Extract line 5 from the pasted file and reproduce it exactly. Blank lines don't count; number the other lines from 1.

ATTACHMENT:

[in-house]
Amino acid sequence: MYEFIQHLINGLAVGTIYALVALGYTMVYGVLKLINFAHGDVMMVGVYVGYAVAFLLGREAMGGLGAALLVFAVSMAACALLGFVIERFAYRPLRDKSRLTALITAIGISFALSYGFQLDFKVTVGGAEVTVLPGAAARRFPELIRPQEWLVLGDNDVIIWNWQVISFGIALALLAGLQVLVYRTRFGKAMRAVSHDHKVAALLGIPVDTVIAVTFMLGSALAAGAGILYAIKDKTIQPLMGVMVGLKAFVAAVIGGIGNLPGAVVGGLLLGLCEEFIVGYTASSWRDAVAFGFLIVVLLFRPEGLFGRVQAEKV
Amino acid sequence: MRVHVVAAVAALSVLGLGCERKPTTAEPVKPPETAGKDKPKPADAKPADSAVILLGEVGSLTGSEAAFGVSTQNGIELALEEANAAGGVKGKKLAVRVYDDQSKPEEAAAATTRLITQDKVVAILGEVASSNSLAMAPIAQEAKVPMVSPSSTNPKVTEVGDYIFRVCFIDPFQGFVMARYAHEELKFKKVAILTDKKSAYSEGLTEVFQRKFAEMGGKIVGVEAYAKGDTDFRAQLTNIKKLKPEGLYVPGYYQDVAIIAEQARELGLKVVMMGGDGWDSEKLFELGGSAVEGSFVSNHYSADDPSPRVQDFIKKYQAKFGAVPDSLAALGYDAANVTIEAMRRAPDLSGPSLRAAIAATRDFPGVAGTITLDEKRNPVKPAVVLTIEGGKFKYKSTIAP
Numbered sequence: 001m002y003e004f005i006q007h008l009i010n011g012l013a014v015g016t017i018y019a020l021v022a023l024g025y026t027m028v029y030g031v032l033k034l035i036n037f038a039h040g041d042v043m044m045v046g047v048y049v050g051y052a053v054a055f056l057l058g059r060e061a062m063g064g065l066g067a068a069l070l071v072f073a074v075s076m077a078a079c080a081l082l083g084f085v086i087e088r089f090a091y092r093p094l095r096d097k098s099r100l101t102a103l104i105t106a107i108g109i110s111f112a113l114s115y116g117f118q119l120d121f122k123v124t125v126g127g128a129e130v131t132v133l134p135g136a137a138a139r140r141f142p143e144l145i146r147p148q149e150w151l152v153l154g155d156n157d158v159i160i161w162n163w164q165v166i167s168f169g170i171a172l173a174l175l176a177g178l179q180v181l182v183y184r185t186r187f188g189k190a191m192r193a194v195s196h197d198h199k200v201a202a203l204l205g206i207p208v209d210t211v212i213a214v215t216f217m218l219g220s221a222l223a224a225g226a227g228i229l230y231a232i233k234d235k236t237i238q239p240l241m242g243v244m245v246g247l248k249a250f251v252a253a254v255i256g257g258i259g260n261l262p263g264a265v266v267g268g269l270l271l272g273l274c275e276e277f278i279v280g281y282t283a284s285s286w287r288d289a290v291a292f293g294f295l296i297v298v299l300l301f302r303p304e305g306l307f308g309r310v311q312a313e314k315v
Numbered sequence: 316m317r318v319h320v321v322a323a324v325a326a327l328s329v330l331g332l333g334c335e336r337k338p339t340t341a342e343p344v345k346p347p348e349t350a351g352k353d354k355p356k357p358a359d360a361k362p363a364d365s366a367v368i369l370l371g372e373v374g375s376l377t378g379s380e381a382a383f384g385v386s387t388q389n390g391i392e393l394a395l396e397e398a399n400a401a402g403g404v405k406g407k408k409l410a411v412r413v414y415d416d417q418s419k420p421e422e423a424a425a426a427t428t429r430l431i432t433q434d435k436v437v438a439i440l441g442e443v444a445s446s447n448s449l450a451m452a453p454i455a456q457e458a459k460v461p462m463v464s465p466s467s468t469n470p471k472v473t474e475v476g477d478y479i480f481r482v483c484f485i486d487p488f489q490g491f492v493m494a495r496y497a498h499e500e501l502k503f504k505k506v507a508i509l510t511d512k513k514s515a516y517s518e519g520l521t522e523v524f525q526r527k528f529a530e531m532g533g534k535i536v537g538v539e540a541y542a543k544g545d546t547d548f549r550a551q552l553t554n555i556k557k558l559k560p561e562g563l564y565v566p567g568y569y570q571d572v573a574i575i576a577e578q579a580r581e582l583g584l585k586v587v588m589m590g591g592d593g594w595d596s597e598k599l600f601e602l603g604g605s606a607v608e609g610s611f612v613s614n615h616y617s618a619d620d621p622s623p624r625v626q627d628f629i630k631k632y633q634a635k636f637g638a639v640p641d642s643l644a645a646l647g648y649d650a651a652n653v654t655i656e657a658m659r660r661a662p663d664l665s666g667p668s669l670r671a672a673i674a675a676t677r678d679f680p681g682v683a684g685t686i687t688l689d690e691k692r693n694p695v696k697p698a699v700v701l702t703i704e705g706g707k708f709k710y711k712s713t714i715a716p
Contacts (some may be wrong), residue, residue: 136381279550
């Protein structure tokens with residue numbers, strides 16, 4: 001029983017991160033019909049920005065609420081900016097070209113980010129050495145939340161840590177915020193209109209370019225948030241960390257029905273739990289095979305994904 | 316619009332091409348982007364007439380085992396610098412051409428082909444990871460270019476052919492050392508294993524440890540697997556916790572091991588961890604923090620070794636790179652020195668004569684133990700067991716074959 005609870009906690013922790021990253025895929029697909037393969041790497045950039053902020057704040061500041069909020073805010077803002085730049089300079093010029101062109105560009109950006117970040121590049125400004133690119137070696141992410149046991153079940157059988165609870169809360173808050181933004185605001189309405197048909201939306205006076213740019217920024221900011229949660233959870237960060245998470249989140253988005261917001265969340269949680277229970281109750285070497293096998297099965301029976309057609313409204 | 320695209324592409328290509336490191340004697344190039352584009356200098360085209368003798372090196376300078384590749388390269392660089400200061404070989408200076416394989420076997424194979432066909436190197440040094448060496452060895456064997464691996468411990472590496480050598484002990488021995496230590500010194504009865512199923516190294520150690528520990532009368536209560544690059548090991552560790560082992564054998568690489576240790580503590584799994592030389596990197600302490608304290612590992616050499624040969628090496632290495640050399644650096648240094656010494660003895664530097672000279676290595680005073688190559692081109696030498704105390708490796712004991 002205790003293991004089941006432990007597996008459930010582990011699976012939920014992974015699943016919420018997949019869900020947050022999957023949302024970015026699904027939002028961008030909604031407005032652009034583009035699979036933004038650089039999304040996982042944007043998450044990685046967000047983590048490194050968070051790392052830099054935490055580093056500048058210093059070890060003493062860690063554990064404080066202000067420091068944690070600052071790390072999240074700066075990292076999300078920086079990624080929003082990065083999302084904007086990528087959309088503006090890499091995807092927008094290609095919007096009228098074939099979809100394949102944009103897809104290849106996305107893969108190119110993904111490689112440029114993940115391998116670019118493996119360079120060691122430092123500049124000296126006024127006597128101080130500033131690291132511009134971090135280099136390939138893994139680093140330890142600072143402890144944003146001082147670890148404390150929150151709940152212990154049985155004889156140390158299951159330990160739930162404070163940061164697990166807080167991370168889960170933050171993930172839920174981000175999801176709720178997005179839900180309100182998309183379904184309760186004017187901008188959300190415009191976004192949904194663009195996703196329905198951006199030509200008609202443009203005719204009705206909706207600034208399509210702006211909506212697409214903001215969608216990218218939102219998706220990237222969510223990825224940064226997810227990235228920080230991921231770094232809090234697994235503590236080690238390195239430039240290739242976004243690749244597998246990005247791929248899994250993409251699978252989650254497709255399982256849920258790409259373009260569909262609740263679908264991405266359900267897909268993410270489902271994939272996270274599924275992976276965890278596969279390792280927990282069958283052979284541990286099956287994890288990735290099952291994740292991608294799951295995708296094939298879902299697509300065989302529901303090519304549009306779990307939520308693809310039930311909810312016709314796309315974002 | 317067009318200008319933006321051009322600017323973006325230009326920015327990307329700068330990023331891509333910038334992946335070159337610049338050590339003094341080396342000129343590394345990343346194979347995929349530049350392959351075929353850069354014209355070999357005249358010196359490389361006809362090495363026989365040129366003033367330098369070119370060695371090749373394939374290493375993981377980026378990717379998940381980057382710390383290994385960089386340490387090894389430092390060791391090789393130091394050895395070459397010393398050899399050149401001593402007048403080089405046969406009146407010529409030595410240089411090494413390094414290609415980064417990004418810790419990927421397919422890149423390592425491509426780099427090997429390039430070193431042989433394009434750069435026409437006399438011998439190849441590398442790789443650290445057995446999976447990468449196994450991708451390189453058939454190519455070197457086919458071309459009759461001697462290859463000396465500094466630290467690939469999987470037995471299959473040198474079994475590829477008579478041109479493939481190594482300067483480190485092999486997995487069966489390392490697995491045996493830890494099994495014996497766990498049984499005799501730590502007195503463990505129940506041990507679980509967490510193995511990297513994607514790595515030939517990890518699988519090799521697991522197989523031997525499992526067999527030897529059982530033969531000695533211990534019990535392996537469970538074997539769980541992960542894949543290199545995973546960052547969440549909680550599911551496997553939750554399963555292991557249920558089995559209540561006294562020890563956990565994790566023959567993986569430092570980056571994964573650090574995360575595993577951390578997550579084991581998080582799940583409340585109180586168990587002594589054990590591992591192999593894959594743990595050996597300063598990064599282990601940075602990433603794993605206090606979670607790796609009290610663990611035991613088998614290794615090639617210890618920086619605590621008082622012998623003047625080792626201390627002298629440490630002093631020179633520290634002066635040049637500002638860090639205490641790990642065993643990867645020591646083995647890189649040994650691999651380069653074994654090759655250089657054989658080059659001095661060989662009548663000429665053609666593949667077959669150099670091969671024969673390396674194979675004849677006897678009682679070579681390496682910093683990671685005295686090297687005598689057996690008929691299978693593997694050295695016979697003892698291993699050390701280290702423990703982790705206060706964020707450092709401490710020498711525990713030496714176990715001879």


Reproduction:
Numbered sequence: 316m317r318v319h320v321v322a323a324v325a326a327l328s329v330l331g332l333g334c335e336r337k338p339t340t341a342e343p344v345k346p347p348e349t350a351g352k353d354k355p356k357p358a359d360a361k362p363a364d365s366a367v368i369l370l371g372e373v374g375s376l377t378g379s380e381a382a383f384g385v386s387t388q389n390g391i392e393l394a395l396e397e398a399n400a401a402g403g404v405k406g407k408k409l410a411v412r413v414y415d416d417q418s419k420p421e422e423a424a425a426a427t428t429r430l431i432t433q434d435k436v437v438a439i440l441g442e443v444a445s446s447n448s449l450a451m452a453p454i455a456q457e458a459k460v461p462m463v464s465p466s467s468t469n470p471k472v473t474e475v476g477d478y479i480f481r482v483c484f485i486d487p488f489q490g491f492v493m494a495r496y497a498h499e500e501l502k503f504k505k506v507a508i509l510t511d512k513k514s515a516y517s518e519g520l521t522e523v524f525q526r527k528f529a530e531m532g533g534k535i536v537g538v539e540a541y542a543k544g545d546t547d548f549r550a551q552l553t554n555i556k557k558l559k560p561e562g563l564y565v566p567g568y569y570q571d572v573a574i575i576a577e578q579a580r581e582l583g584l585k586v587v588m589m590g591g592d593g594w595d596s597e598k599l600f601e602l603g604g605s606a607v608e609g610s611f612v613s614n615h616y617s618a619d620d621p622s623p624r625v626q627d628f629i630k631k632y633q634a635k636f637g638a639v640p641d642s643l644a645a646l647g648y649d650a651a652n653v654t655i656e657a658m659r660r661a662p663d664l665s666g667p668s669l670r671a672a673i674a675a676t677r678d679f680p681g682v683a684g685t686i687t688l689d690e691k692r693n694p695v696k697p698a699v700v701l702t703i704e705g706g707k708f709k710y711k712s713t714i715a716p